We stop at the Birchanger Green services on the M11 near Stansted and discover that speed bumps cause us no problems, even with my bulk in the passenger seat. It’s much the same at Dover. We get on and off the ferry unaided, with just a couple of scrapes when the front splitter kisses the ramps.

The best part of the journey is saved for last. On the roads close to the Ring we finally get the chance to attack the countryside, and here, on smooth German asphalt, the SR8 really comes alive, its cornering speeds simply obscene. I have never been so fast on a B-road before and, to be honest, I’m not sure I want to experience it again. It’s deeply impressive, yes, but also utterly terrifying, and it strikes me that taking on the most difficult, dangerous and unforgiving circuit in the world in a car as fast as this requires not only nerve but also an incredible level of confidence in both the car and your own ability.

THE FOLLOWING DAY our exclusive track time doesn’t begin until 5pm, and the buzz increases as the crowd grows. Yet Verge couldn’t look more chilled if he was on holiday. Wearing a T-shirt, shorts, shades and flip-flops, he snoozes on a deckchair in the sunshine as the rest of the team get nervous for him.

As 5pm approaches he changes into the clothes he’ll wear for the run: a T-shirt, jeans, gloves, boots and the same helmet he wore four years earlier. ‘It’s a road car,’ he says when I ask why he isn’t going to wear a race suit. ‘It’s the same gear as I’d wear for a trackday, because that’s effectively what this is.’

With a multitude of Chasecam video cameras and timing gear systems gaffer-taped to the car, Verge heads out for his first run. It will only be a single tour, so there will be no full lap time. Instead it’s an opportunity for him to check the balance of the car and re-acquaint himself with the track. Some people say that to be a specialist driver at the Ring you need to drive and race here on a regular basis, but not Verge. The only time he has been here since 2005 was for a couple of laps in a hire car with some friends about a year ago.

He returns complaining of too much oversteer and smiles as I download the camera footage. ‘There were a few tasty video moments there,’ he says as he hops out. The adjustable Intrax dampers are tweaked to improve the balance (the only change the team are allowing themselves), and MV is on his way once more.

Watching record-breaking runs here is an exercise in patience. I was here last year with Black Falcon and their supercars (evo 123) and it was the same. Once the car has disappeared from view there’s nothing to do but mill around and wait for it to come back. You’ve no news of the drama, the on-limit commitment, the jumps, the compressions, the flat-out blasts under the trees with the low sun filtering through the branches – or the blinding sections when Vergers is charging directly at it.

When he does reappear, he’s happier with the balance and ready for a timed run. This time we’re treated to a 168mph screaming fly-past, but mostly we’re waiting again. Vergers has clocked a time, but he made a big mistake at the very first corner, losing concentration after he switched on the timing gear. He reckons he’s eclipsed his previous record, but wants to go again. There’s time for just one more run before the track closes, so he’s straight back out.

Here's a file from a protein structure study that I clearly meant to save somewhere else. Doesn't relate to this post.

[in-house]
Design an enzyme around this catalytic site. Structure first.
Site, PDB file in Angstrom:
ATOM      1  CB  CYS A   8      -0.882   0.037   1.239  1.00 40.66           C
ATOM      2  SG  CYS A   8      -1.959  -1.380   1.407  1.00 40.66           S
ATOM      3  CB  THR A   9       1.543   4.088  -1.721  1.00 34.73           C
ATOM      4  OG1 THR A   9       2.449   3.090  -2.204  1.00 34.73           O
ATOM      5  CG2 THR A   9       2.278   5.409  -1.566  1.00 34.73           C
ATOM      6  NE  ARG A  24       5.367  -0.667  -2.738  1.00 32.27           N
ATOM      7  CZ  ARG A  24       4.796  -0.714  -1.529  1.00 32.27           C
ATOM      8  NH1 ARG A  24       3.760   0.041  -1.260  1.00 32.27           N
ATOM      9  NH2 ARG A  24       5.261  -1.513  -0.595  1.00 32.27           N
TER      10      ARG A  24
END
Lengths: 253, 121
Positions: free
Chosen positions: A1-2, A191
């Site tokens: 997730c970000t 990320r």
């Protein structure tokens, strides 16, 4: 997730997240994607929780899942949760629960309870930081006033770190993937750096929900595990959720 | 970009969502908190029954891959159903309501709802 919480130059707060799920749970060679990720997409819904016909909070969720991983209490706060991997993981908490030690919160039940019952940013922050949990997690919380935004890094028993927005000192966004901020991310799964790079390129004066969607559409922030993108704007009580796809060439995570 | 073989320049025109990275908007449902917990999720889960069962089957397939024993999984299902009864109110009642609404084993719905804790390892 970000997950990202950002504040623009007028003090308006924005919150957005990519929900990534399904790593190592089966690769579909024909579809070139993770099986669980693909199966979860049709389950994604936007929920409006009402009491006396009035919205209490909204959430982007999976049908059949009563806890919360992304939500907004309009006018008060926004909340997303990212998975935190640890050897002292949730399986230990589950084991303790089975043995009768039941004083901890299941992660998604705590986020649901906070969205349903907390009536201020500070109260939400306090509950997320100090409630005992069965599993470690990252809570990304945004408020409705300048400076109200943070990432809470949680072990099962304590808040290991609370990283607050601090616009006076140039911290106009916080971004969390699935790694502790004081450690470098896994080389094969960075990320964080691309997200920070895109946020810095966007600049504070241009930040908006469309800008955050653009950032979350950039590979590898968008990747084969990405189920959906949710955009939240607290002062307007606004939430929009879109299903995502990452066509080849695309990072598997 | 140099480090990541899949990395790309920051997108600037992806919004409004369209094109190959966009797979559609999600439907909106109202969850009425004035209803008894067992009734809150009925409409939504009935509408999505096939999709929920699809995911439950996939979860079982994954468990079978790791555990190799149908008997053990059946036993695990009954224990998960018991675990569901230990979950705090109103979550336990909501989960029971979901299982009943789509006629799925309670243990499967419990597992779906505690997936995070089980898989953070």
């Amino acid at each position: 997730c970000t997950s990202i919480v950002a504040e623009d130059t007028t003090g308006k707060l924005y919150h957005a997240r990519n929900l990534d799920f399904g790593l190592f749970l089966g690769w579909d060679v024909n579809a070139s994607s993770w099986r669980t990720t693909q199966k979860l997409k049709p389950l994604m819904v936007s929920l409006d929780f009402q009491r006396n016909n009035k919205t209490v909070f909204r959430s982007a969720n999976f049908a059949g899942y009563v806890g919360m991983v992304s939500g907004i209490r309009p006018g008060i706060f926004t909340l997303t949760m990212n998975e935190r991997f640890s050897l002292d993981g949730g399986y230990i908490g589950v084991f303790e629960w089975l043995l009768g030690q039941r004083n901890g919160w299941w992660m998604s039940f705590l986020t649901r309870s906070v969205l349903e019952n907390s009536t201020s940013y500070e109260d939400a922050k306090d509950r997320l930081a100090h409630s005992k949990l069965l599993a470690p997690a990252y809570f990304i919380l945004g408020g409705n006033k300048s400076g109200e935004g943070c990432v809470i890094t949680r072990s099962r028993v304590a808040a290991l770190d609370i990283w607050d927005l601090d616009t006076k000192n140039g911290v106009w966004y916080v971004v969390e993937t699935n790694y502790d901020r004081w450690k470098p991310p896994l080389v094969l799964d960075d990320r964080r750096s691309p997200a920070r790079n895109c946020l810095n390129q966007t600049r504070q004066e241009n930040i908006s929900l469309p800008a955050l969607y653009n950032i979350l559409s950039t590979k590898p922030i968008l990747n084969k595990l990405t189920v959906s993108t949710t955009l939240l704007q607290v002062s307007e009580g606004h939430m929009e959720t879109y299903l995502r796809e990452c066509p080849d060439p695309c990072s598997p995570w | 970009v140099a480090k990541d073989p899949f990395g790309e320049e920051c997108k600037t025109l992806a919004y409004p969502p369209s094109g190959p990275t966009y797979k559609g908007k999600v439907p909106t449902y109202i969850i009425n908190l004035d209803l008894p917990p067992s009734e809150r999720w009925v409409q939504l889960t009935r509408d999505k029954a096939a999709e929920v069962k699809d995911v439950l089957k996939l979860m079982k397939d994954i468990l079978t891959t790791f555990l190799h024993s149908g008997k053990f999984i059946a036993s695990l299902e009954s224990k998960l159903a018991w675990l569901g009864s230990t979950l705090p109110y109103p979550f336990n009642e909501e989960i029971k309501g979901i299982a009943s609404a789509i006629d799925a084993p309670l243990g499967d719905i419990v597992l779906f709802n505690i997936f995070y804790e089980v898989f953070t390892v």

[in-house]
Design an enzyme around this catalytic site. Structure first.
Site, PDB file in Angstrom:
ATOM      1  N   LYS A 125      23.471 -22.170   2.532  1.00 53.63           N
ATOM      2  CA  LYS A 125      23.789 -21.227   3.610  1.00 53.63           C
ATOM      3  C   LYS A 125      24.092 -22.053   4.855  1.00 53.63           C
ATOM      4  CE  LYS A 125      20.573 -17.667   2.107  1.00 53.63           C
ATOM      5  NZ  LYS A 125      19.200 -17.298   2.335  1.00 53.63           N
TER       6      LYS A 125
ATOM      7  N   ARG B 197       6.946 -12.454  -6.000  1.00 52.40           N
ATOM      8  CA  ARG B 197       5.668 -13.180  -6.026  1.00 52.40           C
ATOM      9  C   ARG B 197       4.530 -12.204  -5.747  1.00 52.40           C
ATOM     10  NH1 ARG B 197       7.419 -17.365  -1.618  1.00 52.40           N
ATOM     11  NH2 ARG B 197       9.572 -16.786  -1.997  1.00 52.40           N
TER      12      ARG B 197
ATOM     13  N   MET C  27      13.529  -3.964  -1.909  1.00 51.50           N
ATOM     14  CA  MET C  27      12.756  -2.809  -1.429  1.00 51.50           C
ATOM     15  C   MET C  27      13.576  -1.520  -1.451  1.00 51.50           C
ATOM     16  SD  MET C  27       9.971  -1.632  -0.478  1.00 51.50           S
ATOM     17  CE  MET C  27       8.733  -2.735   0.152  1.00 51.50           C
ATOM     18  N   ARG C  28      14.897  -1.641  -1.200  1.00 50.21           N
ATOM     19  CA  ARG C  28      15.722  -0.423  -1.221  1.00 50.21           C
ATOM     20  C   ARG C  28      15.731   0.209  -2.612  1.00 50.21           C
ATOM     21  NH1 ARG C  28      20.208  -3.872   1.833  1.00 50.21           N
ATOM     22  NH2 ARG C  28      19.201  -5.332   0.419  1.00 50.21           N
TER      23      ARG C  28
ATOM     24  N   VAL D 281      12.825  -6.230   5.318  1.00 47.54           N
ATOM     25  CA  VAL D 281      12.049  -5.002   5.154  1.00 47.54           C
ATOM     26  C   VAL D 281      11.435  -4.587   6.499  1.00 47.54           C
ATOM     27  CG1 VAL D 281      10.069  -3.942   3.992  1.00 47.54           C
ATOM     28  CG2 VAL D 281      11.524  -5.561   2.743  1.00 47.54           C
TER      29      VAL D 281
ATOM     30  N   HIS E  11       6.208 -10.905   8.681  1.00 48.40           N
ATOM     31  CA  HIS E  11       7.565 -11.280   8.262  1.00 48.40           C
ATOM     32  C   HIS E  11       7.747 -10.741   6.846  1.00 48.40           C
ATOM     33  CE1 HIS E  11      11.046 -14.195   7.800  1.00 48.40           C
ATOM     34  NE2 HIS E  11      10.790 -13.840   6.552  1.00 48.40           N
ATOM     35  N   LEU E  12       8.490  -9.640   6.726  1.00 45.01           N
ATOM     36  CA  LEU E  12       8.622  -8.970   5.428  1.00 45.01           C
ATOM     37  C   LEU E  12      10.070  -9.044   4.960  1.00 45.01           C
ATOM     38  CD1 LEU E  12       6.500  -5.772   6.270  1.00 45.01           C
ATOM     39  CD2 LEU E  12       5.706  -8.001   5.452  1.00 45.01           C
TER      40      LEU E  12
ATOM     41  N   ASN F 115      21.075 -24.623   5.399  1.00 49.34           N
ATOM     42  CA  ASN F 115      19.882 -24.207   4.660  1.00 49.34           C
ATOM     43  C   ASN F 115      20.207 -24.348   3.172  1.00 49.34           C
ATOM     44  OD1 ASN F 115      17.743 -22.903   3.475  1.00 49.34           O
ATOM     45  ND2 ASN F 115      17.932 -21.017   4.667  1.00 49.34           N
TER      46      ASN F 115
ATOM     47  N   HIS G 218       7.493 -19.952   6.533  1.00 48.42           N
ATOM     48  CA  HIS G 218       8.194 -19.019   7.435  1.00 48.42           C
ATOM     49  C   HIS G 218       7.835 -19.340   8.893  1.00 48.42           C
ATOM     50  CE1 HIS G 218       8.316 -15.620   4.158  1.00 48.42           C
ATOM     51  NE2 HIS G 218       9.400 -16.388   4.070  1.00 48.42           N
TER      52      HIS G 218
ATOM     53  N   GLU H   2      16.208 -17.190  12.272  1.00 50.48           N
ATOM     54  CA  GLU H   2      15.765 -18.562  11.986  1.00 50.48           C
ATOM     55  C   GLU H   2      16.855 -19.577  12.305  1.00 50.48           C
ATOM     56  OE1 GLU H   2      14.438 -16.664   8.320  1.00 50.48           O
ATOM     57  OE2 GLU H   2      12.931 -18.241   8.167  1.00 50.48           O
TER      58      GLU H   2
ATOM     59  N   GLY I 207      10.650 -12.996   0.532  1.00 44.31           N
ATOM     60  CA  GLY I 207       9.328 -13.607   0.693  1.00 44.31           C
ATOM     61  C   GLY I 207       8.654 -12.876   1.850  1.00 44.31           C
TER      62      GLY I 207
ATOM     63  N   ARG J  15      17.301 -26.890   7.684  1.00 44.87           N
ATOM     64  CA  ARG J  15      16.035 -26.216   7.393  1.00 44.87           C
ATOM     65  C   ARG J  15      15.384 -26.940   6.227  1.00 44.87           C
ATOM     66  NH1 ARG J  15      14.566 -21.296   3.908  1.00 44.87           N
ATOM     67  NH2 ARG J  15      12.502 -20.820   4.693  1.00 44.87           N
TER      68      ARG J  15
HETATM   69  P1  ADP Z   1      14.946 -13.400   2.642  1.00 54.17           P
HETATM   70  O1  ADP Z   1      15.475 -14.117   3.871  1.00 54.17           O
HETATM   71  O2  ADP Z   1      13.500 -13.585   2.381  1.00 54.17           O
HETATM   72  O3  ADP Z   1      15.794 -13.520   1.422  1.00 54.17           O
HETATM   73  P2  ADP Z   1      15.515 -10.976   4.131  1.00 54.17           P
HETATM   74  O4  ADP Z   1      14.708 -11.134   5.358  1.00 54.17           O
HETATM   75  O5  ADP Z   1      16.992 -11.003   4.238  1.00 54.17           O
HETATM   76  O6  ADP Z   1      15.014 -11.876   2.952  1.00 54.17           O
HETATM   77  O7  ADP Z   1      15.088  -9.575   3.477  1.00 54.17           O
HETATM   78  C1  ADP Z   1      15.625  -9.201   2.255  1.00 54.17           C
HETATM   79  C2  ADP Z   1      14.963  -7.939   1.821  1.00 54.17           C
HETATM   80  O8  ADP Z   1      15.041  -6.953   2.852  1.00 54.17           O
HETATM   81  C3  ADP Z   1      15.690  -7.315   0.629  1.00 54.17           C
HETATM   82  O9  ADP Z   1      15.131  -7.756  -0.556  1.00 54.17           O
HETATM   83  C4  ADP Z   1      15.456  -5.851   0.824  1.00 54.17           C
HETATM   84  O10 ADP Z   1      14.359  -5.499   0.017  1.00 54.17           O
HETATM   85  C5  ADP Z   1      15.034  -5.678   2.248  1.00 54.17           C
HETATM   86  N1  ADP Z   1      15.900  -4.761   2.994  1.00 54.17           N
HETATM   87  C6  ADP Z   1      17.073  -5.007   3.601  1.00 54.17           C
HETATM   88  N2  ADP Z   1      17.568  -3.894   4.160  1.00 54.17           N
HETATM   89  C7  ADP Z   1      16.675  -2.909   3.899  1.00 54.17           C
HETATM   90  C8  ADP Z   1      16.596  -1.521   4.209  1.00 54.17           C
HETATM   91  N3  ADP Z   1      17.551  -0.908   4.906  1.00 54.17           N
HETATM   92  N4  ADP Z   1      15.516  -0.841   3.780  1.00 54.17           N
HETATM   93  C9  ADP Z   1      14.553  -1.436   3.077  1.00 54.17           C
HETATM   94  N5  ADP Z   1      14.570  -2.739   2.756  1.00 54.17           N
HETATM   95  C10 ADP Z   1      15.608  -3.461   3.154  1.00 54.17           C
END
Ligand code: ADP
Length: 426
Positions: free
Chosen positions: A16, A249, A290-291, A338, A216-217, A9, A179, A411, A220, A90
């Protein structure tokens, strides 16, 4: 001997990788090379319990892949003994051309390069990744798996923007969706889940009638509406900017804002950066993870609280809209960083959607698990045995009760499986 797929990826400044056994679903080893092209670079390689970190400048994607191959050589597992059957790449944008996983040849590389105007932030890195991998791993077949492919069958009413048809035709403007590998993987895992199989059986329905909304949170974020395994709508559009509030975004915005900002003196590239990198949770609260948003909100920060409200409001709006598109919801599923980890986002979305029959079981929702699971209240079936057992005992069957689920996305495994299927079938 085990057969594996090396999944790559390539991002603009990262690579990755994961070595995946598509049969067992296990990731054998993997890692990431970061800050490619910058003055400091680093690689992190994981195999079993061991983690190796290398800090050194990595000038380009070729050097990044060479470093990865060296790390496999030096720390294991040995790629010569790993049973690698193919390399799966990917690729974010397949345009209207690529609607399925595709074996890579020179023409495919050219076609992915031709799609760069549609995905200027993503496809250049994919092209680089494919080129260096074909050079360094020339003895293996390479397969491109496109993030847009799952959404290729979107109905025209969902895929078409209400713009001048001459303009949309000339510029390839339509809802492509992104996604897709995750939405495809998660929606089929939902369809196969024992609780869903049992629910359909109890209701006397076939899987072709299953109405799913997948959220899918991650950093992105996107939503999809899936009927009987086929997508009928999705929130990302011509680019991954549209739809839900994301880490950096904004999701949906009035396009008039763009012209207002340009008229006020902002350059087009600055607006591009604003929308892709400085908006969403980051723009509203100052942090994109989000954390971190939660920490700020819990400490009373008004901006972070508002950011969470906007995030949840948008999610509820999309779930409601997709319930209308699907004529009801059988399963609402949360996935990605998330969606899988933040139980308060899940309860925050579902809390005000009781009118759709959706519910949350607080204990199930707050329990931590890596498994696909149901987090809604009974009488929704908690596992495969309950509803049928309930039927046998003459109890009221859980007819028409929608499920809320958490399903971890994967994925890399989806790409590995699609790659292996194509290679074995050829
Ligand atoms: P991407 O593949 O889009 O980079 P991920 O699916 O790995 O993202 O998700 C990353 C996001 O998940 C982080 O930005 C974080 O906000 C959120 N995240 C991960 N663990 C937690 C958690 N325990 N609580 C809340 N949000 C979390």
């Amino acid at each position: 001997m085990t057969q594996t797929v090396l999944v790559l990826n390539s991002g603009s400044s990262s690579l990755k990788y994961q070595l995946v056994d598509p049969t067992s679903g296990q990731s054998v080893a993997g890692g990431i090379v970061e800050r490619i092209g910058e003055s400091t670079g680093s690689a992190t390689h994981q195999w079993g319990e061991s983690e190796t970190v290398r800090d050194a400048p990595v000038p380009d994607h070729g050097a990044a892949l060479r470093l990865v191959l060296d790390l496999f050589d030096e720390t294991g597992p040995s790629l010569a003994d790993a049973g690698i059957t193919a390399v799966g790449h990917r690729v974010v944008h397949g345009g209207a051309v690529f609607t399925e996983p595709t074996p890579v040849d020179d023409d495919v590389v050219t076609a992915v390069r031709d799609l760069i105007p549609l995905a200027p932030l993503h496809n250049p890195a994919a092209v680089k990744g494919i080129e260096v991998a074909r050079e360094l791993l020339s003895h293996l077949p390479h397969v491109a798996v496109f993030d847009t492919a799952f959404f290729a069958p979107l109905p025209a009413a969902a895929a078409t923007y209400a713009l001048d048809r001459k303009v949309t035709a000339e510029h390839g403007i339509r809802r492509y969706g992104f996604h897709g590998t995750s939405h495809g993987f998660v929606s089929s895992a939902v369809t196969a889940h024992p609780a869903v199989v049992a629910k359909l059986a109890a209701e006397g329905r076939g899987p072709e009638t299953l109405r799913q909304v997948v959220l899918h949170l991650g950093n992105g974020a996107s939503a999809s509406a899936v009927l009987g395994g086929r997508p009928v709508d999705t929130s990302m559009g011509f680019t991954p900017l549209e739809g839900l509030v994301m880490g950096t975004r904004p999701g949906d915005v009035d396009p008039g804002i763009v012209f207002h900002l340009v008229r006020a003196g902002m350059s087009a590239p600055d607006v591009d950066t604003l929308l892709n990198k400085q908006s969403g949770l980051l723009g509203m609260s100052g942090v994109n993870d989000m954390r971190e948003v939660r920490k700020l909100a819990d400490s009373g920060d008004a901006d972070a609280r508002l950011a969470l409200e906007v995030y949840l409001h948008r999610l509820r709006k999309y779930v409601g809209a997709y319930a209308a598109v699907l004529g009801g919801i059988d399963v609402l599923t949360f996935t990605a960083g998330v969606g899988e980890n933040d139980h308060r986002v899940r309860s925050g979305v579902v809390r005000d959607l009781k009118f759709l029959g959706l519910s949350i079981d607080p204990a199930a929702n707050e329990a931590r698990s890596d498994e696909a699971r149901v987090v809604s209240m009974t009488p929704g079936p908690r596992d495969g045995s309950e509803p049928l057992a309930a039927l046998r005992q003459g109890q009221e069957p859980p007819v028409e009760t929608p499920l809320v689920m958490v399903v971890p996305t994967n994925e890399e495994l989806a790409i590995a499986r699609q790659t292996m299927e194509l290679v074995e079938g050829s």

Eventually he returns and when the data is downloaded and the lap time extrapolated it reveals an extraordinary time. Six minutes, forty-eight seconds. A new record lap at an average speed of 112.9mph. Point well and truly proved.

View the Radical's record-breaking video

What makes a record?

This is because the bulk of the times are set during industry pool days when it would be dangerous to pass the old pit exit at full speed. Accordingly, the lap starts at the old pitlane exit and ends just after the final corner, missing out the 200 metres or so of the old pit straight, so this section has to deducted from the data later.

Supercar lap smashed too!Radical hasn’t been the only one going very fast at the Ring recently. Gumpert was there the week before with the Apollo Sport, which, in the hands of Florian Gruber (a class winner in the 2009 24-hour race), recorded a time of 7min 11.5sec. That’s a massive 11sec ahead of the next quickest supercar, the Dodge Viper SRT-10.

The Gumpert’s 4.2-litre, twin-turbocharged Audi engine develops 700bhp and 645lb ft in Sport trim, while extra wings front and rear increase the car’s downforce. If you fancy having a go at beating Gruber’s time yourself, an Apollo Sport can be yours for £390,000.

Specifications

EngineV8
LocationMid, longitudinal
Displacement2800cc
Bore x stroke84 x 63mm
Cylinder blockAluminium alloy
Cylinder headAluminium alloy, dohc per bank, 4v per cylinder
Fuel and ignitionElectronic engine management, multipoint fuel injection
Max power460bhp @ 10,500rpm
Max torque260lb ft @ 8000rpm
TransmissionSix-speed sequential gearbox with paddle-shift, rear-wheel drive
Front suspensionDouble wishbones, coil springs, dampers, anti-roll bar
Rear suspensionDouble wishbones, coil springs, dampers, anti-roll bar
BrakesVented discs, 280mm front and rear
Wheels8 x 15in front, 10.5 x 16in rear, centre locking, aluminium alloy
Tyres225/45 R26 front, 255/40 R17 rear, Dunlop Direzza DZ03
Weight (kerb)680kg
Power-to-weight687bhp/ton
0-60mph3.2sec (est)
Top speed168mph
Basic price£88,000
Price as featured£101,500
On saleNow
evo rating5/5